Wonkette Movie Night: Summer Of Soul

To start Black History Month off we have this amazing documentary by Questlove. Summer of Soul takes you on a journey, showing the connections between music, activism, culture, and humanity. Against the backdrop of a changing world in 1969, producers assembled a festival for the ages. 

No, not that one. 

Over several amazing weekends the Harlem Cultural Festival brought over three hundred thousand people together in Mt. Morris Park, later renamed Marcus Garvey Park to hear music and surround themselves with community and love. Six concerts filled the summer air with beautiful sounds between June 29 and August 24.

Mt. Morris Park, Harlem

LIFE called 1968 The Year That Changed the World. 

Assassins with guns killed Martin Luther King, Jr. in April and Bobby Kennedy in June, the Vietnam War raged on and anti-war protests spread across the country. From TIME: Behind the Anti-War Protests That Swept America in 1968

Al Sharpton says of that time, 

“People were afraid of the anger and rage boiling over.”

Tony Lawrence, the director of the Harlem Cultural Festival said of the festival being allowed to proceed,

“It may very well have been to keep Black folks from burnin’ up the city in ’69.” 

They needed support from New York City and someone to provide the finances. They weren’t certain the police would show up to provide security so the Black Panthers assisted in keeping it safe. Mayor John Lindsay was running for reelection and considered himself a friend to the Black community. He was supportive of the festival and appeared on stage with Tony Lawrence, who called him our blue eyed soul brother. 

Hal Tulchin, the director and producer of the festival knew they needed corporate support, 

“We know we cannot let this enormous array of talent not be taped.” 

A surprising sponsor was found, Maxwell House Coffee.

The Harlem Cultural Festival was filmed but after fifty years forgotten in a basement, Questlove brought the films to the public, taking forty hours of tape and editing it down to just two.

It seemed like an impossible plan, bringing all this talent together for free concerts in a small park in the middle of Harlem. But they did it. And the people came. 

Musa Jackson, a child at the time, reminisced about the festival,

“All I remember is going to this amazing concert in the park. And there was just a sea of Black people. People were selling food. Mom was cookin’. She had her grill, chicken, mac ‘n’ cheese, maybe some greens, lemonade, Kool-Aid… It was the ultimate Black barbecue.”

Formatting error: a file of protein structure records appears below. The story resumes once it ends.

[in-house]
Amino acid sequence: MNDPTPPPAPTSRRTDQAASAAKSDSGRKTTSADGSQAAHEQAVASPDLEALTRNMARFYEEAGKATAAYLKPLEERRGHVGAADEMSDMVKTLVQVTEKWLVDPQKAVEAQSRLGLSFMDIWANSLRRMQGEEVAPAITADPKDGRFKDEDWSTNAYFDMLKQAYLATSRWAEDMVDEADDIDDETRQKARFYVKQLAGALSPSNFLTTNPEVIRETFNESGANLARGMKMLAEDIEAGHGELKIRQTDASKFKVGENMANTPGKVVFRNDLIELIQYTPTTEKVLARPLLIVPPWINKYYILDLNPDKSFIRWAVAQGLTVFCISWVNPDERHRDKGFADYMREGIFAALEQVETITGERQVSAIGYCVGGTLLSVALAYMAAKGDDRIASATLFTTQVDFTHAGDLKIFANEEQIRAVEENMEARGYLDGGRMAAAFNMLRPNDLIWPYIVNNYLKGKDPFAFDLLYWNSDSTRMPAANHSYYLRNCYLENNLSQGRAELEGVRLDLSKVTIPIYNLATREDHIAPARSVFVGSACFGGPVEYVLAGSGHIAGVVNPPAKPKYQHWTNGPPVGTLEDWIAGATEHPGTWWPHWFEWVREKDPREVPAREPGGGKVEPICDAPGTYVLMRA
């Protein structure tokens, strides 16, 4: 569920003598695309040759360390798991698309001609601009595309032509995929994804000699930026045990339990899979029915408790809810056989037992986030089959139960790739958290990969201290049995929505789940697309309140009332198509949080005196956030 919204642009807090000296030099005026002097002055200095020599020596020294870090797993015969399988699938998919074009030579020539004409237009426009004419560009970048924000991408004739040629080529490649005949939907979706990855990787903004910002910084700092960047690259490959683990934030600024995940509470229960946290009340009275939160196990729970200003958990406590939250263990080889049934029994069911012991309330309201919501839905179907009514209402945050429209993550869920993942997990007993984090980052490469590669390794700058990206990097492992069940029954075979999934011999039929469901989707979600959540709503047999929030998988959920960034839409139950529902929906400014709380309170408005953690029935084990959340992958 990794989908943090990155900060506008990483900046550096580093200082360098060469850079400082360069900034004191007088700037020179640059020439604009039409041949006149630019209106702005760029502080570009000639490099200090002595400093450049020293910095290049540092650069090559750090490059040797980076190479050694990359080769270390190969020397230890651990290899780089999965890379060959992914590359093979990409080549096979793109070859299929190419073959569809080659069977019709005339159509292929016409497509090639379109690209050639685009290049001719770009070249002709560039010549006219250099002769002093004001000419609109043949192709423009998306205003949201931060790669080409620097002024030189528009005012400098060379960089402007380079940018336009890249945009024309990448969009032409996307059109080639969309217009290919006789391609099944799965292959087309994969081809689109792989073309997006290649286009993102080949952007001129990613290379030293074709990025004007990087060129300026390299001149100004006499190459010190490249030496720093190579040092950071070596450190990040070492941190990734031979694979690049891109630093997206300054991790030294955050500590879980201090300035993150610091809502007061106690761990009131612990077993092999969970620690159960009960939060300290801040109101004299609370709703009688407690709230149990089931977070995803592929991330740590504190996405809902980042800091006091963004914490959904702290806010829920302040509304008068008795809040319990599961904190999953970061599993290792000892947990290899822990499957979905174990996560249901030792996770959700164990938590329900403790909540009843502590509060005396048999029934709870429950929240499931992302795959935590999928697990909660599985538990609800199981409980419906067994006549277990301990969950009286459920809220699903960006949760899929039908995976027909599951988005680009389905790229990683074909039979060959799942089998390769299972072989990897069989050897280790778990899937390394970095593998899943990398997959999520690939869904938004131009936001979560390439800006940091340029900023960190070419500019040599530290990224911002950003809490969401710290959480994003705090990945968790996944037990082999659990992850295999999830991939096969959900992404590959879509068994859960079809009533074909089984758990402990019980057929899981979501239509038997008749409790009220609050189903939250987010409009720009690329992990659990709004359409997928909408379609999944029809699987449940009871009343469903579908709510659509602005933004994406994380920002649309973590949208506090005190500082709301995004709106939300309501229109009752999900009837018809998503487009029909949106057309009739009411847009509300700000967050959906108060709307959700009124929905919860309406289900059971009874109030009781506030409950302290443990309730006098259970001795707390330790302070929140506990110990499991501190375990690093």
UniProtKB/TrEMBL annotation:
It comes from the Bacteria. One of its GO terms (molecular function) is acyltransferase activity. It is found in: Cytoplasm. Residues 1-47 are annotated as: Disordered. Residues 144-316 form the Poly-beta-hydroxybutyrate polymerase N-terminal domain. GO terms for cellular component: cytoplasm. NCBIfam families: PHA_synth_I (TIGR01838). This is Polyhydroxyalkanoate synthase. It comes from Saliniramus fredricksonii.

Black style was also changing, with Afrocentric fashion gaining in popularity. They wore dashikis and had afros. They celebrated.

Interspersed between the footage of musical performances are news clips and interviews reflecting on how the music was a part of Black culture and the tumultuousness of the era. 

Reporter Charlayne Hunter-Gault spoke of a significant shift in the media, 

“In 1969 I was working at the New York Times, and I spent a lot of time in Harlem. And for the first time, I wrote “Black” instead of “Negro” in a story, because I listened to the community. I listened to the people calling for change. But some white editor changed my wording from “Black” back to “Negro.” I was so upset I dictated an 11 page memo calling for the change. And the editor, Abe Rosenthal said, “Fine, that’s what we’re gonna do.” From that point on, at the New York Times people of color, this color, were referred to as Black.” 

Stevie Wonder was 19 years old and did not hold back on being involved in politics, society’s issues and encouraging people to vote. This quote from him is something we can all use in our lives. 

“I never wanted to let my fear put my dreams to sleep.” 

Summer Of Soul was directed by Ahmir “Questlove” Thompson. Produced by Joseph Patel, David Dinerstein and Robert Fyvolent.

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Here’s the set list.

  • Stevie Wonder: It’s Your Thing

  • The Chambers Brothers: Uptown

  • B.B. King: Why I Sing The Blues

  • The 5th Dimension: Don’tcha Hear Me Callin’ To Ya

                                Aquarius/ Let The Sunshine In

  • The Edwin Hawkins Singers Featuring Shirley Miller: Oh Happy Day

  • Pops Staples & The Staple Singers: Help Me Jesus

  • Prof. Herman Stevens & The Voices of Faith: Heaven Is Mine

  • Ben Branch, Mavis Staples and Mahalia Jackson: Precious Lord

  • David Ruffin: My Girl

  • Gladys Knight & The Pips: I Heard It Through The Grapevine

  • Sly & the Family Stone: Sing A Simple Song

                                      Everyday People

  • Mongo Santamaria:  Watermelon Man

  • Ray Barreto: Abidjan

  • Pops Staples & the Staples Singers: It’s Been A Change

  • Redd Foxx and Moms Mabley: Jokes about the Lunar Landing.

  • Stevie Wonder: Shoo-Bee-Doo-Bee-Doo-Da-Day

  • Max Roach: It’s Time

  • Abbey Lincoln: Africa 

  • Hugh Masekela: Ha Lese Le Di Khanna

                          Grazing in the Grass

                      To Be Young, Gifted and Black

                      Are You Ready?

Summer Of Soul is available with subscription on Hulu and Disney+. For $3.99 on YouTube and Apple TV. For free on Dailymotion.

To make requests, see the movie lists and schedules go to WonkMovie.

Fill the snack bowl, grab a beverage and enjoy!

The cartoon is from 1952, Susie The Little Blue Coupe originally released by RKO Radio Pictures and produced by Walt Disney.

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